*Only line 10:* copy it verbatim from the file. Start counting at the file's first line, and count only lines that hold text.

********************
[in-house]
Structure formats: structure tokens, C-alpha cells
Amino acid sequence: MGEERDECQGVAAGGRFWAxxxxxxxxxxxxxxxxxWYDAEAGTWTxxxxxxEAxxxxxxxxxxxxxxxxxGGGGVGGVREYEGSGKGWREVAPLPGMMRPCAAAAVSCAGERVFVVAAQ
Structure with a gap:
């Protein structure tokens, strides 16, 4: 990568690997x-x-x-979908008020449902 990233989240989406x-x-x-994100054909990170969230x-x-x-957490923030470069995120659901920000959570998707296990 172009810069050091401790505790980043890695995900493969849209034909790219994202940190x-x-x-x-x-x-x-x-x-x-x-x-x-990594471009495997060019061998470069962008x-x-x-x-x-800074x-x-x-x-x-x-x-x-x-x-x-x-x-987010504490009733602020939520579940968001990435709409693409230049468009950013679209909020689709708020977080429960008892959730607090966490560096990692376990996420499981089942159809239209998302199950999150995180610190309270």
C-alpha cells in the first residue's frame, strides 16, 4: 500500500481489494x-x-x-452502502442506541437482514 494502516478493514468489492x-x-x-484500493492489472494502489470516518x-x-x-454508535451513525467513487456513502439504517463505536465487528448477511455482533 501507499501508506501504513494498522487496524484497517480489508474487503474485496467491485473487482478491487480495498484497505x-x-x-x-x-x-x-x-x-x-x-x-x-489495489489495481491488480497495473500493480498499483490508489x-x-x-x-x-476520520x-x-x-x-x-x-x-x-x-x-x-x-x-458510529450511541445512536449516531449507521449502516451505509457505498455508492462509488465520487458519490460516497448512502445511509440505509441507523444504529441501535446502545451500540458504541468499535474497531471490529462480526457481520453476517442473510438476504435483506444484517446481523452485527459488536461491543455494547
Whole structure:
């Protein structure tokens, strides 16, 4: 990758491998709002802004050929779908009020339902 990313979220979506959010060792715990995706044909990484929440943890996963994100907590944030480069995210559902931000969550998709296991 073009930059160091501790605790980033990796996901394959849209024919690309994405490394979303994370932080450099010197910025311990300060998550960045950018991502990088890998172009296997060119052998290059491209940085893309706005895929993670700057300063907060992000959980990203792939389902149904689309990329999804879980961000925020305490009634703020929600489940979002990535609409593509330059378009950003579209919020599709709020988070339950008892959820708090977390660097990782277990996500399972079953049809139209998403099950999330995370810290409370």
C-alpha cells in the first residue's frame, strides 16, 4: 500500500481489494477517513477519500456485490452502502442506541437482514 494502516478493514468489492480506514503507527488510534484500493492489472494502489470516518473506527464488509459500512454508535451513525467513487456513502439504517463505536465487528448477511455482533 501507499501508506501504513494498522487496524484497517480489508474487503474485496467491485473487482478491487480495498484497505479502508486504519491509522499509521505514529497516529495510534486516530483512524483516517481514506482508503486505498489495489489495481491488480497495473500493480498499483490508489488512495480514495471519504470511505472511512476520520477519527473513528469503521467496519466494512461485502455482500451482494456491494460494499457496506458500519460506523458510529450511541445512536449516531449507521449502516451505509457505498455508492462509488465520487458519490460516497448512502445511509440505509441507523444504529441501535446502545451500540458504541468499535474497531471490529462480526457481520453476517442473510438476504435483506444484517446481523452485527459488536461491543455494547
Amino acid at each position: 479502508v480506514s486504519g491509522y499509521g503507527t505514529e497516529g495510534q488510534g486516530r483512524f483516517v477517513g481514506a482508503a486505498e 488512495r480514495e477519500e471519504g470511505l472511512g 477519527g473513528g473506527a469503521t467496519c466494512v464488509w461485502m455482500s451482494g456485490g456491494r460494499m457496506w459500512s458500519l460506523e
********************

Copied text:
Amino acid at each position: 479502508v480506514s486504519g491509522y499509521g503507527t505514529e497516529g495510534q488510534g486516530r483512524f483516517v477517513g481514506a482508503a486505498e 488512495r480514495e477519500e471519504g470511505l472511512g 477519527g473513528g473506527a469503521t467496519c466494512v464488509w461485502m455482500s451482494g456485490g456491494r460494499m457496506w459500512s458500519l460506523e